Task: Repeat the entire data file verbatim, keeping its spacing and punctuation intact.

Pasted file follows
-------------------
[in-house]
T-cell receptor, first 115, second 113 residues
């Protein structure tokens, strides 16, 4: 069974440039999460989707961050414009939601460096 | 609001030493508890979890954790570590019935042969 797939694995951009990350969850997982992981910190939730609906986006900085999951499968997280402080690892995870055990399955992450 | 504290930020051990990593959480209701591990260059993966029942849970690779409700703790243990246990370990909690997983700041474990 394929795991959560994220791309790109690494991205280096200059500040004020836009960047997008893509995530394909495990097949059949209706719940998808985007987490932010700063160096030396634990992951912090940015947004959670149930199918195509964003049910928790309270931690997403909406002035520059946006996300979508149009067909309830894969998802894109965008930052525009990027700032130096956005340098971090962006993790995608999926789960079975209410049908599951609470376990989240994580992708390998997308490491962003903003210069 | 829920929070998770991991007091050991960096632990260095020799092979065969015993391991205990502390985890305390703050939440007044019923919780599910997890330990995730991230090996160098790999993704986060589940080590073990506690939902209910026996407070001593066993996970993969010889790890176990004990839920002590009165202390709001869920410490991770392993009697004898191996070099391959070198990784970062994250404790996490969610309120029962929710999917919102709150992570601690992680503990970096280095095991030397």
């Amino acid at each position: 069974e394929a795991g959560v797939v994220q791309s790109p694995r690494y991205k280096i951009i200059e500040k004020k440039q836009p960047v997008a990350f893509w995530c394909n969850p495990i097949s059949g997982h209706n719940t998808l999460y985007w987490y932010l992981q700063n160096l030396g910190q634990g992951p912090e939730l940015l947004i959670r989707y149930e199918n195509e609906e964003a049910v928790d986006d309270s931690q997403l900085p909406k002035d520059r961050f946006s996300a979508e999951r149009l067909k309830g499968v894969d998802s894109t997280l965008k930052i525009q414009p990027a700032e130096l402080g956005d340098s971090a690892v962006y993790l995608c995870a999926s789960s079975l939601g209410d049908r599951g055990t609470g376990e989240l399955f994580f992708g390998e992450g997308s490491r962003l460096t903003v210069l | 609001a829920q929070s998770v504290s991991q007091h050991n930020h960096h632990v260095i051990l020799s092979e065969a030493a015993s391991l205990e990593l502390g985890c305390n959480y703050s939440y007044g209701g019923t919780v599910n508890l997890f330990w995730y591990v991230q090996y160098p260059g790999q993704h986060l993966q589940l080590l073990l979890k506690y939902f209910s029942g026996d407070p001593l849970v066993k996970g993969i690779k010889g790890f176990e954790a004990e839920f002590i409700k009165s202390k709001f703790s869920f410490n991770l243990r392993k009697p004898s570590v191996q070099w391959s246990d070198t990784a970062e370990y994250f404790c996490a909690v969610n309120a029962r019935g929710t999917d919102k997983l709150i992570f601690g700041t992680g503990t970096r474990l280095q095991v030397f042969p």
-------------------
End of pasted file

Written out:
[in-house]
T-cell receptor, first 115, second 113 residues
């Protein structure tokens, strides 16, 4: 069974440039999460989707961050414009939601460096 | 609001030493508890979890954790570590019935042969 797939694995951009990350969850997982992981910190939730609906986006900085999951499968997280402080690892995870055990399955992450 | 504290930020051990990593959480209701591990260059993966029942849970690779409700703790243990246990370990909690997983700041474990 394929795991959560994220791309790109690494991205280096200059500040004020836009960047997008893509995530394909495990097949059949209706719940998808985007987490932010700063160096030396634990992951912090940015947004959670149930199918195509964003049910928790309270931690997403909406002035520059946006996300979508149009067909309830894969998802894109965008930052525009990027700032130096956005340098971090962006993790995608999926789960079975209410049908599951609470376990989240994580992708390998997308490491962003903003210069 | 829920929070998770991991007091050991960096632990260095020799092979065969015993391991205990502390985890305390703050939440007044019923919780599910997890330990995730991230090996160098790999993704986060589940080590073990506690939902209910026996407070001593066993996970993969010889790890176990004990839920002590009165202390709001869920410490991770392993009697004898191996070099391959070198990784970062994250404790996490969610309120029962929710999917919102709150992570601690992680503990970096280095095991030397």
């Amino acid at each position: 069974e394929a795991g959560v797939v994220q791309s790109p694995r690494y991205k280096i951009i200059e500040k004020k440039q836009p960047v997008a990350f893509w995530c394909n969850p495990i097949s059949g997982h209706n719940t998808l999460y985007w987490y932010l992981q700063n160096l030396g910190q634990g992951p912090e939730l940015l947004i959670r989707y149930e199918n195509e609906e964003a049910v928790d986006d309270s931690q997403l900085p909406k002035d520059r961050f946006s996300a979508e999951r149009l067909k309830g499968v894969d998802s894109t997280l965008k930052i525009q414009p990027a700032e130096l402080g956005d340098s971090a690892v962006y993790l995608c995870a999926s789960s079975l939601g209410d049908r599951g055990t609470g376990e989240l399955f994580f992708g390998e992450g997308s490491r962003l460096t903003v210069l | 609001a829920q929070s998770v504290s991991q007091h050991n930020h960096h632990v260095i051990l020799s092979e065969a030493a015993s391991l205990e990593l502390g985890c305390n959480y703050s939440y007044g209701g019923t919780v599910n508890l997890f330990w995730y591990v991230q090996y160098p260059g790999q993704h986060l993966q589940l080590l073990l979890k506690y939902f209910s029942g026996d407070p001593l849970v066993k996970g993969i690779k010889g790890f176990e954790a004990e839920f002590i409700k009165s202390k709001f703790s869920f410490n991770l243990r392993k009697p004898s570590v191996q070099w391959s246990d070198t990784a970062e370990y994250f404790c996490a909690v969610n309120a029962r019935g929710t999917d919102k997983l709150i992570f601690g700041t992680g503990t970096r474990l280095q095991v030397f042969p």